There are many things to like about Johnson, from his size, speed and agility to his demeanor and clear desire to succeed.
Johnson's body of work is smaller than everyone else on this list, but it is hard to argue he has not already surpassed some of the greats.
So, let's stir up some controversy and find out where Johnson already ranks in the annals of NFL receiving history.
First, let's give a quick rundown of the players that Johnson has already surpassed on the all-time scale.
10. Michael Irvin
8. Paul Warfield
7. Charley Taylor
Keep in mind that this list is clearly subjective, so while you will undoubtedly agree with every pick on the list you are free to share opinions in the comments section below.
It is amazing how quickly Calvin Johnson has thrust himself into the conversation of the immortals.
Johnson has done everything expected of him and more since coming out of Georgia Tech. He has averaged 16 yards per catch, scored 54 touchdowns and gained 7,539 yards.
Johnson almost never garners single coverage, but is instead swarmed by double and triple teams. He is a threat at every interval of the field and can run precise routes in ways that most receivers his size were never capable of.
His career is young and there is a strong likelihood that Johnson will only move up this list as time moves on, but for now he sits comfortably at No. 6.
"He was as crafty as anybody I could recall. He wasn't a big guy, but he knew exactly how to lean on people and his hands were unbelievable."
At 5'11", 187 pounds, Largent was never the strongest player on the field, but he ran precise routes and rarely (if ever) dropped passes.
Largent had 819 catches for 13,089 yards over the course of his 14 year career and added 100 touchdowns.
130 career touchdowns, 13,899 yards and 1,101 receptions. Cris Carter earned those impressive statistics through years of disciplined play and work ethic, mainly with the Minnesota Vikings.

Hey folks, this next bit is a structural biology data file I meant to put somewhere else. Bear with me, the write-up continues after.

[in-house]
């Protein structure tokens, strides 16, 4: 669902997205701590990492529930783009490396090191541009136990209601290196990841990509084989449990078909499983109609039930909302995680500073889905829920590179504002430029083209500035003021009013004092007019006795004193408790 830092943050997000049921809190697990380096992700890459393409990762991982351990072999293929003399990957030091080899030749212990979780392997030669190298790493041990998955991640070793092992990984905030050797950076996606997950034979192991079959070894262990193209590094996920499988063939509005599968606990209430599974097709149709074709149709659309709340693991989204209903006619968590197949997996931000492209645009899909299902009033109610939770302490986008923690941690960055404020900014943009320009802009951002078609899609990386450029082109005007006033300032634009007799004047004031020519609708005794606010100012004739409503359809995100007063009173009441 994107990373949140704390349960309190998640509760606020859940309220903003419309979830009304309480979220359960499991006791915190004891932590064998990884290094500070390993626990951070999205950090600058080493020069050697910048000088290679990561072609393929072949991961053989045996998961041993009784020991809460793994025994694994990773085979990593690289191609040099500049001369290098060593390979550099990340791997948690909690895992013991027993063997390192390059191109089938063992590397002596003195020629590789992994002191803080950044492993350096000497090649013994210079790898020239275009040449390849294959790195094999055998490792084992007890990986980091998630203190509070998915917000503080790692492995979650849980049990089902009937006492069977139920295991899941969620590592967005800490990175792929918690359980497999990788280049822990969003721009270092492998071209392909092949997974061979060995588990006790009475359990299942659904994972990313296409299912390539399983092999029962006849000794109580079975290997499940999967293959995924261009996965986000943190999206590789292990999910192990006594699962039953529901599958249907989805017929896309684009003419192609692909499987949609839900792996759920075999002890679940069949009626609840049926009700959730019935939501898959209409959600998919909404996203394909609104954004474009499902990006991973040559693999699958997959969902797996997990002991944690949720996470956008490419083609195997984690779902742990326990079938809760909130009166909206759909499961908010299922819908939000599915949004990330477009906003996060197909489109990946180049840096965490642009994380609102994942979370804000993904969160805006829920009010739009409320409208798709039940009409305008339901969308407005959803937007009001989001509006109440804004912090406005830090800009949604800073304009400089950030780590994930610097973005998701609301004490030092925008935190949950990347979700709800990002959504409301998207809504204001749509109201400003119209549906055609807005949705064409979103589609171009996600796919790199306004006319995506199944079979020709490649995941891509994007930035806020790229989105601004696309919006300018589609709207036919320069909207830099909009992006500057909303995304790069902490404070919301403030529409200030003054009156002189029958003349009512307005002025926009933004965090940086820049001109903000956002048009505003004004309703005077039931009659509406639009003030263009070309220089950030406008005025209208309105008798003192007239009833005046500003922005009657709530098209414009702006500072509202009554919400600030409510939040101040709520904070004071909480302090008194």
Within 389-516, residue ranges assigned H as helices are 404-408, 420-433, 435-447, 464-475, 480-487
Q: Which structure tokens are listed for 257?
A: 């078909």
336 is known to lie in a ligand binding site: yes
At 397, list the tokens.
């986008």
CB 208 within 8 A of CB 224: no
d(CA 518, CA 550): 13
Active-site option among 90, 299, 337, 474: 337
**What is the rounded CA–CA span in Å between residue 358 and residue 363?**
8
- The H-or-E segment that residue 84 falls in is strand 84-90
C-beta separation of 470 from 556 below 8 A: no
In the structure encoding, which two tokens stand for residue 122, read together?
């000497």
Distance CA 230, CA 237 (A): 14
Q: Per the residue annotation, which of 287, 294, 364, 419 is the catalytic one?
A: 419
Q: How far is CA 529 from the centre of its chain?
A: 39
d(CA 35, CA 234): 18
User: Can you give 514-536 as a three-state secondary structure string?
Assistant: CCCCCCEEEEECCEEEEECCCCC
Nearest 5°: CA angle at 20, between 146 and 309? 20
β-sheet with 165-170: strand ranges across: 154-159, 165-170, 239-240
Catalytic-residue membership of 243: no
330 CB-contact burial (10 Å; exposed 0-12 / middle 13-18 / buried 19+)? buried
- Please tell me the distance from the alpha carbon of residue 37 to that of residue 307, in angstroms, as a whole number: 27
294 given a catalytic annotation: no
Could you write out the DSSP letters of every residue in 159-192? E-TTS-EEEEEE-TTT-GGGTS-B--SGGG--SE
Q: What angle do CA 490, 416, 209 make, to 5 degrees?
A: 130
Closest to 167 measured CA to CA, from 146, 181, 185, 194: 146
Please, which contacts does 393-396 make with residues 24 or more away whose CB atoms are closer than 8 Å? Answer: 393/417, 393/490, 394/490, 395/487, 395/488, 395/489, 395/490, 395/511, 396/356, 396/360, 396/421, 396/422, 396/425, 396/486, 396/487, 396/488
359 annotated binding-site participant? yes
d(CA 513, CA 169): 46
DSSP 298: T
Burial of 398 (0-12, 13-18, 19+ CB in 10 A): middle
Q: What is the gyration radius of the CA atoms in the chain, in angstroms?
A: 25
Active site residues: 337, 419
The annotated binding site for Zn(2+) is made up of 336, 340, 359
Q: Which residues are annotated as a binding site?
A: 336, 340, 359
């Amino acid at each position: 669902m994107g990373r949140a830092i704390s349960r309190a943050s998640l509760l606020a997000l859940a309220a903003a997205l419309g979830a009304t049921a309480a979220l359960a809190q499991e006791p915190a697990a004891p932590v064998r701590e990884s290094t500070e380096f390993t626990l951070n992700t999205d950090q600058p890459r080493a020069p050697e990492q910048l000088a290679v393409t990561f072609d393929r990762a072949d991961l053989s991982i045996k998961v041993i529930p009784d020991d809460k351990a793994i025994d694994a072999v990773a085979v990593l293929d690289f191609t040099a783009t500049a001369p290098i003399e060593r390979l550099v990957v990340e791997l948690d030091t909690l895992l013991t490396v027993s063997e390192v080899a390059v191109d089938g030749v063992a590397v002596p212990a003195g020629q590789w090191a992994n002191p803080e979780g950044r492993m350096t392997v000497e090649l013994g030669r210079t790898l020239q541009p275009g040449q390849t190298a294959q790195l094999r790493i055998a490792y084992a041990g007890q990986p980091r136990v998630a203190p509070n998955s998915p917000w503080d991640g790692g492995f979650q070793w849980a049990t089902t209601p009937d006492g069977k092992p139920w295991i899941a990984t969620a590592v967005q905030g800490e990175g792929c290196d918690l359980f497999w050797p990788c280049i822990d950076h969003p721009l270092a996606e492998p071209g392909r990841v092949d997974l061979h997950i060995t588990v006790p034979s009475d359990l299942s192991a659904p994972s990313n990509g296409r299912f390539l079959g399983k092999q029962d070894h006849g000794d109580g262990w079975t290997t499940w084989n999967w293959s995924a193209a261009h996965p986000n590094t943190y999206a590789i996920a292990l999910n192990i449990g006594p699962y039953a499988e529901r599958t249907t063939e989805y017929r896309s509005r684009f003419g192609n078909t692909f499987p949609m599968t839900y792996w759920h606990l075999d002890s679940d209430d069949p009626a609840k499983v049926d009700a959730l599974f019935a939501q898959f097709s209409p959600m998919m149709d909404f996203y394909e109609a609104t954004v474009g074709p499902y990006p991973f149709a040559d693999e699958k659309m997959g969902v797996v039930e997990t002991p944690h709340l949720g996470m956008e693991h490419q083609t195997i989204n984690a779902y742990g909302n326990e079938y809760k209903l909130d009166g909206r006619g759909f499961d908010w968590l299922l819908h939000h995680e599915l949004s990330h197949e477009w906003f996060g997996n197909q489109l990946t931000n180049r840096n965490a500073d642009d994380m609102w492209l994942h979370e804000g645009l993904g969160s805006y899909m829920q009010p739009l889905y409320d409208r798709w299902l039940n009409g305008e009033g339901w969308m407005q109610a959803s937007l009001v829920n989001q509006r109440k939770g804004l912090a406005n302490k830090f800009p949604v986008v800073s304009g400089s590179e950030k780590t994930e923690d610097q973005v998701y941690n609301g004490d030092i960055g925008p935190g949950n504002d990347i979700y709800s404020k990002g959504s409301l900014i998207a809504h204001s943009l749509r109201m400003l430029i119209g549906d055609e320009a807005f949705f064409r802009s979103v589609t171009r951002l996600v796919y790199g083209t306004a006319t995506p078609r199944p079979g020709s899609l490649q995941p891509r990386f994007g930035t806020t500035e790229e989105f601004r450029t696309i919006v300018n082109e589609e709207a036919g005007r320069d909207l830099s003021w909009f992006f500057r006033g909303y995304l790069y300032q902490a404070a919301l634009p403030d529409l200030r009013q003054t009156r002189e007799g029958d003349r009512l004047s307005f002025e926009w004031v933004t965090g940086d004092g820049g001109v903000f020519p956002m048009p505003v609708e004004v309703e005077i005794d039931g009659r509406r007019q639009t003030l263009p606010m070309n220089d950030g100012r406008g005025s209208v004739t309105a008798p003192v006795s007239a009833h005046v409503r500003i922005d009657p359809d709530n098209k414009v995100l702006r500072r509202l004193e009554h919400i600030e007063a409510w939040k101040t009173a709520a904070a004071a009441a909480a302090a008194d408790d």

He is considered one of the hardest workers in the history of football for a reason. Carter was not the fastest or the most agile player the game had ever seen, but he had hands like glue and was always finding open space.
Carter was one of the best at adjusting his routes to help out a QB moving the pocket or getting into trouble. He had a knack for finding the end zone and scored 10 or more touchdowns in a season six times.
For a long time, Don Hutson was considered the best receiver in NFL history, and for good reason.
The 1930s and '40s Green Bay Packers star had 99 touchdowns, 7,991 yards and 488 receptions in just 60 games of action.
In an era where rushing the football was paramount, Hutson helped the Packers have a legitimate aerial attack.
Hutson was a tremendous pass catcher and never let go, having just one fumble in his entire career.
However, when you look past that and get down to the best times of Moss' career, you find one of the most dominating receivers in NFL history.
There has never been a greater vertical threat than Moss. His pure speed and agility allowed him to fly off the line of scrimmage and often sneak by safeties before they even knew what was happening.
Physically imposing at 6'4", 215 pounds, Moss currently has 977 receptions, 15,220 yards and 156 touchdowns.
Yes, Jerry Rice is No. 1.
Rice is No. 1 on every receiving list ever made and perhaps always will be. It will be interesting to follow Calvin Johnson's career and see if he continues breaking records held by the greatest of all-time.
Still, he has a steep climb ahead of him. Rice had 197 career touchdowns, 22,895 yards and 1,549 receptions.
Rice put his 6'2", 200-pound frame to the best use possible every time he stepped on the field, and perhaps Mike Holmgren summed up Rice's ability best when he said the following: "Jerry had a tremendous combination of speed, size, toughness, smarts."
Yes he did, and that's why he is the G.O.A.T.